The first thing he asked–and he didn't sound accusatory. It was more like he was confirming what he already knew–was if I'd gone to the callback. And when I told him I had, he said, "I knew that was weird. I thought, ‘Jim would have called me if he couldn't make the callback...'" (I loved hearing that! Apparently, I'm now on JS's "good boy" list).

I got off the phone too quickly with JS, as I tend to do (I still get nervous talking to him), so I didn't intially understand the import of this conversation. At first, I thought "Geez, they didn't remember I was at the callback?", but then I quickly realized it was just some sort of mistake that had been made with the tape or whatever, and that it actually should be read as very positive–They were calling over two weeks after the initial audition to ask about me, which meant they remembered me pretty well.

And sure enough, when I called JS back later–Ostensibly to ask about my headshot supply, but really to get some clarification about the WB business–he confirmed that impression; He told me I was still "in there", and that he hoped he'd find out what the deal was on Thursday.

Friday 6/20/03 10:10 am

The HBO shoot was yesterday.

The location was an office building downtown, on Hope St, two or three miles away.

After some debate--Basically, the pain-in-the-ass of parking vs. getting all sweaty riding my bike--I opted to ride my bike (Taking it easy and giving myself a lot of time), and got there 15 or 20 minutes before my call time of 4:00 pm (I'd been surprised when told the call time; I'd expected an early start and a long day, like on a movie shoot).

My only regret about the whole experience was that they were having a meal break as I got there (The crew had been there since 9:30 or 10:00); It was a nice spread, but I'd already eaten and wasn't hungry, so I missed out on craft services, which is a movie/tv "perk" I get a big kick out of.

But next time...

I checked in with the A.D. (Assistant Director), and then just hung out for awhile, sitting at a table with some of the actors who were just finishing up (Actors who had been cast as "office workers" in the "watercooler conversations"). That was fun–I always enjoy that first-day feeling I get of being in the "elite" group of people who got cast for something–and I was amused when one of the guys, after I told him I'd be using my real name in the spot, said "You know somebody you know is going to see this and think, ‘I didn't know Jim had gotten into the watercooler business'...".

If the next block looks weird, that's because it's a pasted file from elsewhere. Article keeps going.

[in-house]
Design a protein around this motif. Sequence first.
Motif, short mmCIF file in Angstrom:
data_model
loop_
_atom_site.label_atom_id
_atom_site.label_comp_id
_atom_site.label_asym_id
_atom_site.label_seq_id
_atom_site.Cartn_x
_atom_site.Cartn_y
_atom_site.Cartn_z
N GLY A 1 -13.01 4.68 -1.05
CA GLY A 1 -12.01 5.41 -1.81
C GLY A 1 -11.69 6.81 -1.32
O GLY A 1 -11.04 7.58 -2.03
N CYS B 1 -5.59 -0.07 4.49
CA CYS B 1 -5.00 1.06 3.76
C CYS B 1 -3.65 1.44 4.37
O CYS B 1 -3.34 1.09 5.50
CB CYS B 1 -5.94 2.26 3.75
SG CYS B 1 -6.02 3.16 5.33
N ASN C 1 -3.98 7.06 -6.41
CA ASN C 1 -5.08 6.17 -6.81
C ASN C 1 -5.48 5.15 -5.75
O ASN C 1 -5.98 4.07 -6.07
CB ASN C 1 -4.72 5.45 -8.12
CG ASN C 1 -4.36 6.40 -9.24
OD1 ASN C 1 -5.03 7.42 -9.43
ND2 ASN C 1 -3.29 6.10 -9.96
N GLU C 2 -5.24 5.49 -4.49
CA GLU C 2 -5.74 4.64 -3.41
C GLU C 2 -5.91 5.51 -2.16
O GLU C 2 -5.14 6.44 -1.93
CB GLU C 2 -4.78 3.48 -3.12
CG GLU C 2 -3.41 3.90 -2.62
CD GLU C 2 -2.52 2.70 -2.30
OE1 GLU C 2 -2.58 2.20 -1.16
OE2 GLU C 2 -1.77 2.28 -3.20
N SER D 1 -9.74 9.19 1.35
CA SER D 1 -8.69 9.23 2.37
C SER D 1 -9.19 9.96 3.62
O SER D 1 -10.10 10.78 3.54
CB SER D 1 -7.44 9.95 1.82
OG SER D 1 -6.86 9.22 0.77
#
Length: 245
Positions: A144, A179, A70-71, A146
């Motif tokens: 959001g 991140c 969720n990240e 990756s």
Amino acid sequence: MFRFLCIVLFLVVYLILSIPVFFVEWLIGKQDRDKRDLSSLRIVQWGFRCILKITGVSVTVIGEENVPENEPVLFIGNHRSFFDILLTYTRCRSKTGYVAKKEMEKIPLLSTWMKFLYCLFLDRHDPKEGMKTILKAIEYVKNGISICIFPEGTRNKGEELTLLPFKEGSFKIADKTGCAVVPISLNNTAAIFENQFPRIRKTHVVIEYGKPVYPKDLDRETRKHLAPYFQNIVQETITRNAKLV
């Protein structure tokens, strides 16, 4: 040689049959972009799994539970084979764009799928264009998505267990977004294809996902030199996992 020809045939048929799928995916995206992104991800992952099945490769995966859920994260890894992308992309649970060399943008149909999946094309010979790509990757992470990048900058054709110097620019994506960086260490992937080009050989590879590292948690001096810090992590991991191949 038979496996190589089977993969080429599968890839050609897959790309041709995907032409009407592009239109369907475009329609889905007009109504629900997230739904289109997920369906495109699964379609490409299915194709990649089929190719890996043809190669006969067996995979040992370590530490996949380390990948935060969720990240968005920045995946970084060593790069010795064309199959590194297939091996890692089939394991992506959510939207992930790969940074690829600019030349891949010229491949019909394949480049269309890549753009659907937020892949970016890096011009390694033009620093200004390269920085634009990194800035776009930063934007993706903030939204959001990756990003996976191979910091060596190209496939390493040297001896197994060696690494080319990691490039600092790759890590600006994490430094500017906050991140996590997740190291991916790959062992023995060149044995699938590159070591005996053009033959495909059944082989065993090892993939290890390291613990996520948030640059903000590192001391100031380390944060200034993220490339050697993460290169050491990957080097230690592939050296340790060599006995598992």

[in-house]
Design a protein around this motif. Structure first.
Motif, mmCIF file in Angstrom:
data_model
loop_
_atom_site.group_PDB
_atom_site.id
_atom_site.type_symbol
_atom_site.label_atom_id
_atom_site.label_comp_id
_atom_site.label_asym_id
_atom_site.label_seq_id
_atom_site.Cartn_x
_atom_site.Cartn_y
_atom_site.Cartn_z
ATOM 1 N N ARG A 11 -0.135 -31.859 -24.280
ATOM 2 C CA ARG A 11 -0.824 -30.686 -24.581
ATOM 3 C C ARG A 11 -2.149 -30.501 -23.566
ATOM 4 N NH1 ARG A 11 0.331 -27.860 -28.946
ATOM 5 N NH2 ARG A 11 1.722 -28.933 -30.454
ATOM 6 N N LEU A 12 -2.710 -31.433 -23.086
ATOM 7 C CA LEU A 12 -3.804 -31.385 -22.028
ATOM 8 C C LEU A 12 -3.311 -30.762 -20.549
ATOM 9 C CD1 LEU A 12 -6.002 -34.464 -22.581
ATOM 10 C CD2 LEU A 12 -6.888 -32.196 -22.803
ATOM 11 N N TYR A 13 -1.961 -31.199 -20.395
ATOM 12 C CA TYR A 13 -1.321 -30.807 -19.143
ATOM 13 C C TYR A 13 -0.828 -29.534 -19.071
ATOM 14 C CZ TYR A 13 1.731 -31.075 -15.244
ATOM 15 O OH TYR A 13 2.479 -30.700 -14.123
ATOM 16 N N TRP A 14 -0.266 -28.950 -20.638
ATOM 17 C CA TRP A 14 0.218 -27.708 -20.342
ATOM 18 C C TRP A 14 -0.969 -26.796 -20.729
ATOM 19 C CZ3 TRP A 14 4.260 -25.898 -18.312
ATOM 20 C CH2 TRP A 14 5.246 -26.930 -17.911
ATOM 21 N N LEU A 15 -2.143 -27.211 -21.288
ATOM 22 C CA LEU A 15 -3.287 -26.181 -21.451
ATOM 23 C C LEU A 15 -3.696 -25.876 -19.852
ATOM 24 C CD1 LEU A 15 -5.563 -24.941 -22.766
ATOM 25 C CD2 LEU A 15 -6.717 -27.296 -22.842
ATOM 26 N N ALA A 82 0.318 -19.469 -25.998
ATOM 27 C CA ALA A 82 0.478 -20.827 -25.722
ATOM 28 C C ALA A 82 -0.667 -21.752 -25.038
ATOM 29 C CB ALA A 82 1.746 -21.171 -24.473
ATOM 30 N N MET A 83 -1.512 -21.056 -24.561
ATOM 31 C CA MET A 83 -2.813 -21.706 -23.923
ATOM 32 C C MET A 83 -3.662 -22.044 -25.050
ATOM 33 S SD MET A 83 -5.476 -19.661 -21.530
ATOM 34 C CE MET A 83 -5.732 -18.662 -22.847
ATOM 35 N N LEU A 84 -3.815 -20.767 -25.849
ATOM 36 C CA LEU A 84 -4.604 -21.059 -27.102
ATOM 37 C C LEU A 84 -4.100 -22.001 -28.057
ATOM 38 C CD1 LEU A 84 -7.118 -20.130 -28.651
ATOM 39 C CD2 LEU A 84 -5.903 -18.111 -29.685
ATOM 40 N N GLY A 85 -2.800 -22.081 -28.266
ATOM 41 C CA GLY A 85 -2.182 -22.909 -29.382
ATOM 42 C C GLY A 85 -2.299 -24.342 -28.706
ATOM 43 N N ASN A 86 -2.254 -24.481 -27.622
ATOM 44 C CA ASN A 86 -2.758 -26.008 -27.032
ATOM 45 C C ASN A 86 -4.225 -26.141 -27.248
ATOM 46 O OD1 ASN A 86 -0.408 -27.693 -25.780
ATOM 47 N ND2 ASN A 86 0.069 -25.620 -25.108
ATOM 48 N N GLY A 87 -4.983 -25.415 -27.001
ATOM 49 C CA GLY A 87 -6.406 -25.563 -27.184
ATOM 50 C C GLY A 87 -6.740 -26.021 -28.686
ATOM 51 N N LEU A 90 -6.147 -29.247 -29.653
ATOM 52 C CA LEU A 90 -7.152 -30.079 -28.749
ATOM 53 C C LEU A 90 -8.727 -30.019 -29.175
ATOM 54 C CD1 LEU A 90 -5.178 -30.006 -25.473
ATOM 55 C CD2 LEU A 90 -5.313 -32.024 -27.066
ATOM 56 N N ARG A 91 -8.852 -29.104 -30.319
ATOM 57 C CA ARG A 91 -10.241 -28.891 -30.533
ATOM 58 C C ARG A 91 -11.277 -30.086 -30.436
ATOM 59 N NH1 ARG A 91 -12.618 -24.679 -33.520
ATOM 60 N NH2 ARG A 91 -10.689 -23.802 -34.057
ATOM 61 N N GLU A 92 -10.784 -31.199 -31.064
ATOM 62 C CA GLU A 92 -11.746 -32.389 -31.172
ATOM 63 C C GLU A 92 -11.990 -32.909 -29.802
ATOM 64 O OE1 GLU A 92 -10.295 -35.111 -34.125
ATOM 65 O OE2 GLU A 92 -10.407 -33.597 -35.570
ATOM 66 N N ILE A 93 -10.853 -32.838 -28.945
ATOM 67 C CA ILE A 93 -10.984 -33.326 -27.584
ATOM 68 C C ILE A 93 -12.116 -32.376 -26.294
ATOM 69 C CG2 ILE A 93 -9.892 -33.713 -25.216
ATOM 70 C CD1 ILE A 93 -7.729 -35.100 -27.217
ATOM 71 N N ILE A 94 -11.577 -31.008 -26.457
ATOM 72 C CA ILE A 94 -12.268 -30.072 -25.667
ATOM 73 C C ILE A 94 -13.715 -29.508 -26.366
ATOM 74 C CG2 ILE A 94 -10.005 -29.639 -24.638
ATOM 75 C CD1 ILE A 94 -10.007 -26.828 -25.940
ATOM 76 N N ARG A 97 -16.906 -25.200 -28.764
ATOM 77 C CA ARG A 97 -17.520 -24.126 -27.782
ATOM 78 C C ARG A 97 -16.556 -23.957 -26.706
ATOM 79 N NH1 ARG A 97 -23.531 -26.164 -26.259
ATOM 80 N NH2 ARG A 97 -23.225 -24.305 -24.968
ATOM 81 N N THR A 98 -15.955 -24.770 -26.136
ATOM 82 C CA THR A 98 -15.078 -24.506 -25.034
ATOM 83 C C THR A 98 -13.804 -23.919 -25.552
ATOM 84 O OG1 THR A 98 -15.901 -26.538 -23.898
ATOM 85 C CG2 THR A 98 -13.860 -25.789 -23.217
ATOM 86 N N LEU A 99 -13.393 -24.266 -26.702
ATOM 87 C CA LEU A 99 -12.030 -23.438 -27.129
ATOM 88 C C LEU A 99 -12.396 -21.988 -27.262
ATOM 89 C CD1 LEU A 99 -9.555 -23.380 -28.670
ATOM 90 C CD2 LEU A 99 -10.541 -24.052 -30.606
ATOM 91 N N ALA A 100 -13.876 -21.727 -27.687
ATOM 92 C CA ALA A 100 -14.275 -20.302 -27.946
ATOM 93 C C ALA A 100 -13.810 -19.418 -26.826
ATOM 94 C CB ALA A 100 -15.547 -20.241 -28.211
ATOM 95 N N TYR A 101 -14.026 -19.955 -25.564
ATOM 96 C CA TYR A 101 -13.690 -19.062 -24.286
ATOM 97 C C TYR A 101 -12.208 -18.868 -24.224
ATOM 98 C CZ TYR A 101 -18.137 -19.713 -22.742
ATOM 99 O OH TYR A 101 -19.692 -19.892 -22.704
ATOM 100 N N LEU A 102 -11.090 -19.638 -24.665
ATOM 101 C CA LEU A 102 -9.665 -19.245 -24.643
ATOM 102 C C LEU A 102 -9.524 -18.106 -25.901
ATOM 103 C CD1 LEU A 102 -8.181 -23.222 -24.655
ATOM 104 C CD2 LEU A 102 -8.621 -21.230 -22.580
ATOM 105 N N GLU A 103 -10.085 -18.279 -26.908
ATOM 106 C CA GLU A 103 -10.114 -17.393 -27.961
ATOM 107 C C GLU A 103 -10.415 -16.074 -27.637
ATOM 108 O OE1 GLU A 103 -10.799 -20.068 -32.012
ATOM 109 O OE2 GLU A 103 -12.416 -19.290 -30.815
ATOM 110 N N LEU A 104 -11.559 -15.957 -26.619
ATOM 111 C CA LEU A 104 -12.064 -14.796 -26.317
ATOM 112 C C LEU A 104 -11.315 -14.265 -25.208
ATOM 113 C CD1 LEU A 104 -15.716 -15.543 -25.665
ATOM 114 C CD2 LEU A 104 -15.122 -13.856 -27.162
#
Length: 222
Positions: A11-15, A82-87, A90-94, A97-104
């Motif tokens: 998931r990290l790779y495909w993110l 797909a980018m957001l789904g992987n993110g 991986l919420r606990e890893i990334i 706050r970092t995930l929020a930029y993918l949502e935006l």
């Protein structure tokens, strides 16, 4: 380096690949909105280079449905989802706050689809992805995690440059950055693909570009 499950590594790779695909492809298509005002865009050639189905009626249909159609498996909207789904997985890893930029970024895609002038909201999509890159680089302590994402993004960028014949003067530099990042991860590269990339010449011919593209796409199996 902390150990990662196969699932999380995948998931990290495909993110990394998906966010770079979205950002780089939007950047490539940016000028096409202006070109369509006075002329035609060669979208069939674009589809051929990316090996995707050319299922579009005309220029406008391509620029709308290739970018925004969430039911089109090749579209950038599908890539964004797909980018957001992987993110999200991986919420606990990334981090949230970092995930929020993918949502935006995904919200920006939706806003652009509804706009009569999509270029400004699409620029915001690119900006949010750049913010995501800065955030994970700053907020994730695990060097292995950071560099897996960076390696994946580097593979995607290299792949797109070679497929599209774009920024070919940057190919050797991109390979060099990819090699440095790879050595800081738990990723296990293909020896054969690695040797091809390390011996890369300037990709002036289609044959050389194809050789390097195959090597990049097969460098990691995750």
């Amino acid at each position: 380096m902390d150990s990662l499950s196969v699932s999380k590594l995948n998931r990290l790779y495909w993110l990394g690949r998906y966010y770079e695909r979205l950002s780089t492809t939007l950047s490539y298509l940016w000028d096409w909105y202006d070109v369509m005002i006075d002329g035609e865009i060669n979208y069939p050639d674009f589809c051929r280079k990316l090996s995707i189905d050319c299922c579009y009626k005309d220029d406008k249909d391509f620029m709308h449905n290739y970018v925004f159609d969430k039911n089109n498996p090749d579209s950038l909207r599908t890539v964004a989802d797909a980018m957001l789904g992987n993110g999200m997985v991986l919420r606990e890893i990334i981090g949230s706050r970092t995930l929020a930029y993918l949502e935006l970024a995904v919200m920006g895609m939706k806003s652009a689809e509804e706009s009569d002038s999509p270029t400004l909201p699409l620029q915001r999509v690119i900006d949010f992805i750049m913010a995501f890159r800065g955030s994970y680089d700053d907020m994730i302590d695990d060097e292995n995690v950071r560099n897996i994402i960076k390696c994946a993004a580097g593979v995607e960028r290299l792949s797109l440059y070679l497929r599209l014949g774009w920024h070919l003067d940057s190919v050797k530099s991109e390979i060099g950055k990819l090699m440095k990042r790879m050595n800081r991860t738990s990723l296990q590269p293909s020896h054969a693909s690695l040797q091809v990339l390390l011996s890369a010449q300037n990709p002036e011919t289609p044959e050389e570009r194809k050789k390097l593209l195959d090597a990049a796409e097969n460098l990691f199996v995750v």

They couldn't use the space where my bit was shooting till after 6:00, so there wasn't a hurried feeling to the proceedings, like I'd thought there might be.

Eventually, I was led over to a trailer for wardrobe and makeup, a process which was interuppted for a bit when I was taken to a room inside the building where we were shooting to record some voiceover lines (At first, I was a little alarmed by that–I wondered for a moment if they were going to forego putting me on camera at all–but I think the way it's going to work is that things open and close with me, and then I'll have some voiceover lines in between. So basically, I'm going to be all over this commercial!). They had a number of "alternate lines" and variations on lines–I was working with the two writers of the spot--and I was a little nervous, not knowing how much flubbing was natural and how much was "amateur-hour", but it seemed to happen fairly quickly and painlessly, and I could tell everyone was feeling good about it.

Then it was back to the trailer, to finish getting dressed and made up (Another thing I like–having someone do my makeup, and fuss over my clothes). Then I basically was just waiting around, looking over changes in the copy one of the writers had given me (In addition to all the "alternate" lines, the original copy had been changed since the callback; it was essentially the same, except for some word changes here and there, and one line that had been cut).